The results of our study provide preliminary evidence that apathy is related to neural changes induced by HIV. Apathy was elevated among the sample of HIV patients compared to healthy comparison subjects, and the severity of apathy strongly correlated with the volume of the nucleus accumbens. The finding is highly consistent with current neuroanatomical models of brain circuitry and function.
Alexander and colleagues described the presence of five parallel circuits connecting the frontal lobes to subcortical brain structures.19–21
These circuits connect subcortical nuclei with cortical regions. Three of these circuits (dorsolateral prefrontal, lateral orbital frontal, and anterior cingulate) are involved in the regulation of cognitive and neuropsychiatric behavior. In each circuit, neural processing projects from the cortex through the striatum, then to the globus pallidus and, eventually to specific thalamic nuclei. Reciprocal connections project back to the cortex, resulting in “closed” functional loops. The caudate nucleus is the critical subcortical nucleus in the dorsolateral and orbital frontal circuits, while the nucleus accumbens is the primary subcortical structure in the anterior cingulate circuit. While this characterization of the subcortical circuitry is likely oversimplified, the linear relationships described within and between each system provides a useful model to test the effects of disease on neurobehavioral and neuropsychiatric function.
An apathetic behavioral syndrome has previously been associated with disruption to the frontal cortex;22–23
however, there is also evidence that similar behavioral alterations occur with disruption to the frontal-subcortical anterior cingulate circuitry. Specifically, behavioral changes such as apathy, withdrawal, and loss of initiative arise from damage not only to the frontal lobes but also to the ventral striatum or other areas of the loop. This striatal syndrome characterized by apathy has been associated with pathologically confirmed bilateral damage to the nucleus accumbens and adjacent structures (e.g., rostroventral globus pallidus, septal gray matter;24–25
Thus, the classic apathetic behavioral syndrome seen in frontal lobe anterior cingulate lesions also occurs with damage to the nucleus accumbens. This model supports the contention that apathy in HIV is associated with disruption of subcortical function secondary to the effects of the virus.
to determine whether apathy results from subcortical dysfunction in HIV examined the relationship apathy and severity of cognitive impairment, since the latter was also believed to result from disruption of frontal subcortical circuits (the dorsolateral circuit in particular). Two of these studies reported modest relationships between apathy and cognitive dysfunction, a finding not surprising given the neuroanatomical proximity of the caudate and the nucleus accumbens. More robust relationships between the two symptoms were likely not observed because apathy and cognitive dysfunction may emanate from different subcortical circuits. This difference could account for the lack of significant relationship between apathy and caudate volume in the present study, and it explains the significant relationship between volume of the caudate nucleus and severity of dementia in HIV patients reported in previous studies.26–27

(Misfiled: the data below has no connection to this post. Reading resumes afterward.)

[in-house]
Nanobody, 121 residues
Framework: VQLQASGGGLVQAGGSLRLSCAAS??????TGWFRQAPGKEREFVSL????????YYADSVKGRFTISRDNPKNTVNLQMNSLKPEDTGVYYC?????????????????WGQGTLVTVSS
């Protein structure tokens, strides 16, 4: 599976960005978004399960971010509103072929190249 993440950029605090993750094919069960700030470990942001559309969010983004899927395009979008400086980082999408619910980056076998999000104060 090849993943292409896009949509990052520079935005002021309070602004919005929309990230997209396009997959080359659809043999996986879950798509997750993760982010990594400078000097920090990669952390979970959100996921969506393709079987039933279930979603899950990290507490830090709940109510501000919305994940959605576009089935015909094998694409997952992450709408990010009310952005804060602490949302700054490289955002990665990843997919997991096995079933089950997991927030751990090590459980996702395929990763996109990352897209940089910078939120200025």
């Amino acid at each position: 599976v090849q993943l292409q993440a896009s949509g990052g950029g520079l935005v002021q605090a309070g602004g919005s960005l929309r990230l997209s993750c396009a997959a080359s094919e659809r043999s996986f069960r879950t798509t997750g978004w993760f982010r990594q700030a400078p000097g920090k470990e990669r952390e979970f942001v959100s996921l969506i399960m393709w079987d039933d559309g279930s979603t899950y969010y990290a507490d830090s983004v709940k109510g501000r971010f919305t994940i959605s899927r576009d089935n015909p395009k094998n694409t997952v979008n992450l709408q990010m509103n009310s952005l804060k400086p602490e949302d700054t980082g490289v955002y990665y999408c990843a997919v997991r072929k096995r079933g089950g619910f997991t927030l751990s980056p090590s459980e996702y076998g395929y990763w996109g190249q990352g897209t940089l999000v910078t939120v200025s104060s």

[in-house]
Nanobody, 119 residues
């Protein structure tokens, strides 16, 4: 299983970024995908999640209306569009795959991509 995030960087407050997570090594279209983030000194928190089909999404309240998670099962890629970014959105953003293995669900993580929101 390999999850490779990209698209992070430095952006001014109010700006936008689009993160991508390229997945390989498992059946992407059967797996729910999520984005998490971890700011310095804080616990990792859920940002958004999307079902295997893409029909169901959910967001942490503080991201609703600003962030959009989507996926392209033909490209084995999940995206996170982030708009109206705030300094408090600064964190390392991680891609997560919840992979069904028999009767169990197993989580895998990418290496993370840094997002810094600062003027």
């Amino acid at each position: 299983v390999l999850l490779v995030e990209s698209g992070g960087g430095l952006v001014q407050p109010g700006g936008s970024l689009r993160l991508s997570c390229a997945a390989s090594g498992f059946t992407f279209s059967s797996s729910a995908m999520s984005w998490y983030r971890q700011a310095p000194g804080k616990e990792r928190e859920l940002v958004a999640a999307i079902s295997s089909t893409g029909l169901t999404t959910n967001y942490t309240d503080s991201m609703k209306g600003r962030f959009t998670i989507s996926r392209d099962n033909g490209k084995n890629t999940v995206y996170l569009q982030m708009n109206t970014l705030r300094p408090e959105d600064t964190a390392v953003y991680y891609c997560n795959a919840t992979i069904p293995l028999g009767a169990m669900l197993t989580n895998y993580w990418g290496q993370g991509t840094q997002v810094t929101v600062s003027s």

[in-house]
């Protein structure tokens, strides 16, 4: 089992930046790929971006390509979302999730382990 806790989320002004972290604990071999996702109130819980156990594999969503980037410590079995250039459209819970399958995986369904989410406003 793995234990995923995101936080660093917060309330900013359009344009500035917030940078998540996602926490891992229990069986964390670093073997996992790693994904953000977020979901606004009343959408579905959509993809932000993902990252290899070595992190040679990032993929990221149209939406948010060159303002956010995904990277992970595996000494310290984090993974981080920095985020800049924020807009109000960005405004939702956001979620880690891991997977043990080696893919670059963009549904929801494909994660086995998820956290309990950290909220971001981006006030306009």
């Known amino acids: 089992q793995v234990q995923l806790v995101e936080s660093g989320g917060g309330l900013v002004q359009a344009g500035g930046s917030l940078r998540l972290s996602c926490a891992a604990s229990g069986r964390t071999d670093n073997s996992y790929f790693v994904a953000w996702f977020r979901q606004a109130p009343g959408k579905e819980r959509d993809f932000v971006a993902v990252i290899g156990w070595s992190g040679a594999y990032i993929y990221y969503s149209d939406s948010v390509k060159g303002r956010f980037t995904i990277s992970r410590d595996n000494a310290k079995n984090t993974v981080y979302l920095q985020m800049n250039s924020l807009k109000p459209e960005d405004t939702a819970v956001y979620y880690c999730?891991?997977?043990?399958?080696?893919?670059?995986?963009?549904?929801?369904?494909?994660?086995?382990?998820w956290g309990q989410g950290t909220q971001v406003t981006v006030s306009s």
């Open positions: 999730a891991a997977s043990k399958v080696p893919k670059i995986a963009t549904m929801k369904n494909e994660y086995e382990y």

The cross-sectional nature of our data do not definitely conclude that HIV directly impacts the function and structure of the nucleus accumbens, and in turn produces increased apathy. A longitudinal study that includes a more robust acquisition sequence for the MRI analyses and imaging of healthy comparison subjects is needed to determine whether the nucleus accumbens is atrophic in patients with HIV and whether these relationships exist among patients without a significant history of substance abuse. Until these studies are completed, the specific underlying process associated with the development of apathy in HIV will remain conjecture. Nevertheless, the fact that apathy scores were not elevated among the healthy comparison group in the present study provides some assurance that the relationship between apathy and morphometry of the nucleus accumbens is not a general relationship that exists independent of HIV.
Additional work is needed to more comprehensively examine the clinical and functional relevance of brain volume and neuropsychiatric symptoms in HIV. In particular, is important to examine morphometric changes to the nucleus accumbens relative to demographically similar healthy comparison group, and whether measures of central viral load correlate with the volume measurements. It is also important to determine the course of change that occurs in volumetrics as a function of illness duration, age, treatment exposure and treatment adherence. These factors are almost certainly critical in determining the overall impact of HIV on brain function. A more comprehensive investigation of these factors will lead to a better understanding of the impact of HIV on the expression of neuropsychiatric symptoms.